Every winter I am plagued by a different pest. This year it's powdery mildew, a white coating on the leaves.It arrived early. Usually there is a respite of a few weeks between the time I bring my plants inside and the outbreak of the bug du jour. Not this year.
And usually it is a bug, not a fungus. But bugs aren't my problem. At least not this year. At least not yet. In the past I've had The Year of the Whitefly, The Year of the Mealybug, The Year of the Aphid and so on. They are fairly easy to handle, often as simple as washing them off occasionally in the sink or the bathtub. Or sometimes a mild insecticide.
Some people think insecticides don't work, but that is usually because they are using them wrong. To kill the critters, you have to hit the critters. They hang out on the underside of the leaves and in the leaf axils, the point where the stem of the leaf meets the main stem. Miss those spots and it is a waste of perfectly good poison.
And you've got to do it several times. Spray once and the bugs come back. You have cruelly killed Mommy and Daddy, but a week later the eggs they had laid hatch out. So you need to catch succeeding generations, eventually getting them all before they lay new eggs. Usually three times at 7 to 10 day intervals does the job.
Here's the problem. The most effective pesticides are labeled for outdoor use only. It's a rule. It's more than a rule. It's a federal law, and using a pesticide in a way that it is not labeled for is a federal offense.
So I would never use such chemicals indoors. No, sir. Not me. Never. It's against the rules. But there is nothing on the label that says you cannot take a plant outside on a day when it is above 32 degrees, spray it quickly, and bring it back inside. Perfectly legal. Ask any tax lawyer how that works.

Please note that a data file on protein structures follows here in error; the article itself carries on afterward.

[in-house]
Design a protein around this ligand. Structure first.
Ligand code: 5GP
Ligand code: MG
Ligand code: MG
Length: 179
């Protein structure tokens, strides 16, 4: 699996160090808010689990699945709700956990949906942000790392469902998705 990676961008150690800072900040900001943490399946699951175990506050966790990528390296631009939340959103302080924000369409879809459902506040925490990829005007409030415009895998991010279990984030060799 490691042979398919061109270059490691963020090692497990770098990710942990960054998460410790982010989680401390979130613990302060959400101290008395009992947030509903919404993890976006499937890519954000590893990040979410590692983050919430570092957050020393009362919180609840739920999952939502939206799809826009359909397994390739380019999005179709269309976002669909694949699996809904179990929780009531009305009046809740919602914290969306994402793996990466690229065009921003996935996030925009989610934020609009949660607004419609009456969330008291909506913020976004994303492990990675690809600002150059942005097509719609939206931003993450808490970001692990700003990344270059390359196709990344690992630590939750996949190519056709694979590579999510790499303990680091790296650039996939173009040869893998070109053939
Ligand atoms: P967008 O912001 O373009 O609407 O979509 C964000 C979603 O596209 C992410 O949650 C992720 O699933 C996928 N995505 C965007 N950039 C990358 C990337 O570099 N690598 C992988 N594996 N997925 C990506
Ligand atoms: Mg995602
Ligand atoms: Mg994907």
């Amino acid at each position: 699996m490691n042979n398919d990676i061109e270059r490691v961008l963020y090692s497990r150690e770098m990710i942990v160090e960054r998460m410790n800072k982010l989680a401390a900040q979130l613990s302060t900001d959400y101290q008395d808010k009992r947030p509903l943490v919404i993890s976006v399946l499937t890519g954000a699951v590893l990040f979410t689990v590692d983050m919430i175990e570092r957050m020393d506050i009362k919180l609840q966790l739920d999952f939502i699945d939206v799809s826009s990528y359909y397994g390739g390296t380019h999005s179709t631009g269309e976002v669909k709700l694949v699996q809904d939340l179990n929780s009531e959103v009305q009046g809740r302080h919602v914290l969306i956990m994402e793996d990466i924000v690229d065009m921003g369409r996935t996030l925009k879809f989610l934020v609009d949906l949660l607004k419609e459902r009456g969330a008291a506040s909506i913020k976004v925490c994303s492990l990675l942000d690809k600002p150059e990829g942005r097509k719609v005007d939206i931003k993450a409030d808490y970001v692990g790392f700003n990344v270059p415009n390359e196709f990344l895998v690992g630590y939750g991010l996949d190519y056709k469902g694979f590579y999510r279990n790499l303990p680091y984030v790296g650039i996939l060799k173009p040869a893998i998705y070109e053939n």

I got into this mildew trouble because I ran across an August clearance of very sorry looking gerbera daisies, no flowers - so no idea what color they were - just a leaf or two, at 50 cents each. I bought the bunch, paying no more that I would have paid for one in bloom on the bench at the beginning of the season.
Most people think gerberas are annuals and throw them out in September, but they are perennials in their native South Africa. All you have to do is fool them into thinking they're in South Africa. That means decent light, cool temperatures and just enough water to keep them barely alive. They won't look pretty, but they'll come back strong on the patio next summer.
I don't know whether I brought the mildew home with these cut rate daisies or if conditions were just right, but after a couple of weeks indoors they all looked as dusty as my study and most of the leaves were dead. It also attacked a large, sturdy gerbera I had kept for several years.
Many outdoor plants get mildew - lilacs, phlox, monarda - and it does them little harm. But it was killing my gerberas.
There is an organic solution that might actually work. Mix one teaspoon of baking soda in a quart of water with a few drops of dishwashing liquid and spray infected plants regularly. The theory is that mildew doesn't like a high pH. Could be. But I had a fungicide.
The problem is that my fungicide is for outside use and the directions say to mix one ounce to a gallon of water. I had a little 20-ounce trigger sprayer. Uh oh. Math time. I work out the conversion five times, and if I get two answers the same, I go with that. One teaspoon per 20 ounces.
Maybe I'll save my bargain gerberas, maybe I'll lose them. If that's the worst thing that happens this winter, I'll consider myself a lucky gardener.
o Duane Campbell, a nationally known agricultural expert, can be reached at R6, Box 6092, Towanda, PA 18848 or by e-mail at firstname.lastname@example.org for questions or comments.